Test prototypes with citizens to understand what works well and what needs improvement.
- To determine issues with usability of a product or service.
- To gain insights into what should be improved.
- To validate that a solution solves the right problem.
What you get
- Summary report of test feedback grouped by theme and ranked by issue severity.
- Recommendations for changes to overcome identified issues.
- Rich user feedback and quotes, usually in audio or video clips.
- A rigorous way of identifying what is working well and what needs improvement.
- Can run with short notice.
- Can be built into an agile or iterative design process.
- Due to the simulated nature of testing, it is possible that real-world issues may be missed.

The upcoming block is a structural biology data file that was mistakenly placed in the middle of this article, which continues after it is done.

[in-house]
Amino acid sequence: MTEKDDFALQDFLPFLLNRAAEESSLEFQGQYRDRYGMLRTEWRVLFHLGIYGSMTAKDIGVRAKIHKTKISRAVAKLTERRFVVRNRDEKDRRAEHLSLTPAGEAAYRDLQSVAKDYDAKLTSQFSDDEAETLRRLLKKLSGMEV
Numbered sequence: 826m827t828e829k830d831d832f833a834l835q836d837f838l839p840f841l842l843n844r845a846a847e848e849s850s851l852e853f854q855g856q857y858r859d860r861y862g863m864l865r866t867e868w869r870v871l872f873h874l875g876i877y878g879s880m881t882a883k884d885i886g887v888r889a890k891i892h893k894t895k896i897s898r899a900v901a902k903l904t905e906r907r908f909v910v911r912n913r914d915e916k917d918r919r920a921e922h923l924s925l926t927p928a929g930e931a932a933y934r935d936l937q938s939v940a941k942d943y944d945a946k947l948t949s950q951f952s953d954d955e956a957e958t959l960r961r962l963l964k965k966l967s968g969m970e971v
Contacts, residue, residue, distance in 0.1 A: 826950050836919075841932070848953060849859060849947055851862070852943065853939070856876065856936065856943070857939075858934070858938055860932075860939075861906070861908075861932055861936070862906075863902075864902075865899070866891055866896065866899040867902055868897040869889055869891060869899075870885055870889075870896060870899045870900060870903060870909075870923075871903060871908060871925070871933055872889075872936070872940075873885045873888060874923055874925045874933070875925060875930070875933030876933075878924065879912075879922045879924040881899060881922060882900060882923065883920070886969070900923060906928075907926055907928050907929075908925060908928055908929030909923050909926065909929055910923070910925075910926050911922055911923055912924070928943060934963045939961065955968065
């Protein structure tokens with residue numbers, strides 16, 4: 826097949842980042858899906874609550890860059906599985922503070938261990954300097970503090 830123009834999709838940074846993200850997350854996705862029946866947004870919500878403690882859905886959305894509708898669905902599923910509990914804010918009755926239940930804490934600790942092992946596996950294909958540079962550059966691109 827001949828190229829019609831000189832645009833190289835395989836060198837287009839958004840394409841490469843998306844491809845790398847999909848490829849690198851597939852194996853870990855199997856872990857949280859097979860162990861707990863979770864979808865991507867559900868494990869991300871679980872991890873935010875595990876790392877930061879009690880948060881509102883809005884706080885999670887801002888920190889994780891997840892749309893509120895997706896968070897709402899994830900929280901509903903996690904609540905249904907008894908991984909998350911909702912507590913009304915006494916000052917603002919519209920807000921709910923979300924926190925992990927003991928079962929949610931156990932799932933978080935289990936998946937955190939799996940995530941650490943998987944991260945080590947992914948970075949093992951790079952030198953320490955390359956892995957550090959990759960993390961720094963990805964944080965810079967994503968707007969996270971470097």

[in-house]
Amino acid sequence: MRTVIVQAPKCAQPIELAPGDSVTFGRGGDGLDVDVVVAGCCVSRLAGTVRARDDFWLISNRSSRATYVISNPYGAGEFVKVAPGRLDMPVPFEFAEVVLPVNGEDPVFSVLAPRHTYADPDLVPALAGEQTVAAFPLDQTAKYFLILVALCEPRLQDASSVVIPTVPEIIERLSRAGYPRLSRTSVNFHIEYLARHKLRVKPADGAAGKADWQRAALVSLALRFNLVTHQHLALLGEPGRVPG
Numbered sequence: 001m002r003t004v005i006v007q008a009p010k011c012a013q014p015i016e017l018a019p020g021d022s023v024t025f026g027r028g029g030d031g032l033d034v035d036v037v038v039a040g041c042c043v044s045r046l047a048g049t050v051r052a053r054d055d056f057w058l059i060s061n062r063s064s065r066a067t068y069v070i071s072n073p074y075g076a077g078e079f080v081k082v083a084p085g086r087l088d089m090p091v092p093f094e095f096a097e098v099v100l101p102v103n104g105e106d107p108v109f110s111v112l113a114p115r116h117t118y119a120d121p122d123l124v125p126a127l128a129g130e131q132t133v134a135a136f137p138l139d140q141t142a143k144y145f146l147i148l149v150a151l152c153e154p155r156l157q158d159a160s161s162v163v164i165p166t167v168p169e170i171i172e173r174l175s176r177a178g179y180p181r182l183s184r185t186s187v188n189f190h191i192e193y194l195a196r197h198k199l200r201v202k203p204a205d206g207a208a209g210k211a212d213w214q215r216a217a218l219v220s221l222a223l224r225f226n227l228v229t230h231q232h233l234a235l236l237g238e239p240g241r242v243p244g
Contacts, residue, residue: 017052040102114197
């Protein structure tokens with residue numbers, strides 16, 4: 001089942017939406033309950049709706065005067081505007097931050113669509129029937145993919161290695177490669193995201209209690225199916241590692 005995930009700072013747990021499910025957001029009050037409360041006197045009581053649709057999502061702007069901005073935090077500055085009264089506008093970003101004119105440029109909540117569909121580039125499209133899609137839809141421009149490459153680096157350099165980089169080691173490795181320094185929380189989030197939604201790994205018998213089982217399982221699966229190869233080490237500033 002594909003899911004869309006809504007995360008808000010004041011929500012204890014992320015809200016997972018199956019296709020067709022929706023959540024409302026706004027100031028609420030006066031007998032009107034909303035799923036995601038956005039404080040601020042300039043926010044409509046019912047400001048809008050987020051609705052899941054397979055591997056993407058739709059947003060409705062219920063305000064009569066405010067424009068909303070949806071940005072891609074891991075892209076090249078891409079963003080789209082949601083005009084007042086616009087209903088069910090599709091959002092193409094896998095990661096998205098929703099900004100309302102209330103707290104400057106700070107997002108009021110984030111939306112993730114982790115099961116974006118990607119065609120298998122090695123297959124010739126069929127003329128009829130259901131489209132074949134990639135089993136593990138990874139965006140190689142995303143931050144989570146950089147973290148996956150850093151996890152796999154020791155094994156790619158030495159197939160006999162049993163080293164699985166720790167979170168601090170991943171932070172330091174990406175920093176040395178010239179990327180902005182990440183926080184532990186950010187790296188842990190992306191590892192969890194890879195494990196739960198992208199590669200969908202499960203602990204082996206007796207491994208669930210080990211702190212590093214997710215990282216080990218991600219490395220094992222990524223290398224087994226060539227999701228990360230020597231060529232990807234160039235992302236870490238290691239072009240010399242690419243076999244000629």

- Testing usually happens out of context for users, and so it may feel unnatural to them.
- Unless using a live service or product, technical parts of the experience are difficult to simulate, such as speed.
Recruitment is time consuming, and specialist recruitment agencies should be used wherever possible. This allows the design team to stay focused on the research and design tasks of the project.
Tests should be held in a room with a one-way glass window so that observers can view testing from the next room. Alternatively the session should be shared by video conference link, or recorded for later viewing.
Stakeholders should be encouraged to observe sessions. Observers should attend more than one session so that they understand many perspectives.
Toolkits and resources
Reviewed 01 May 2020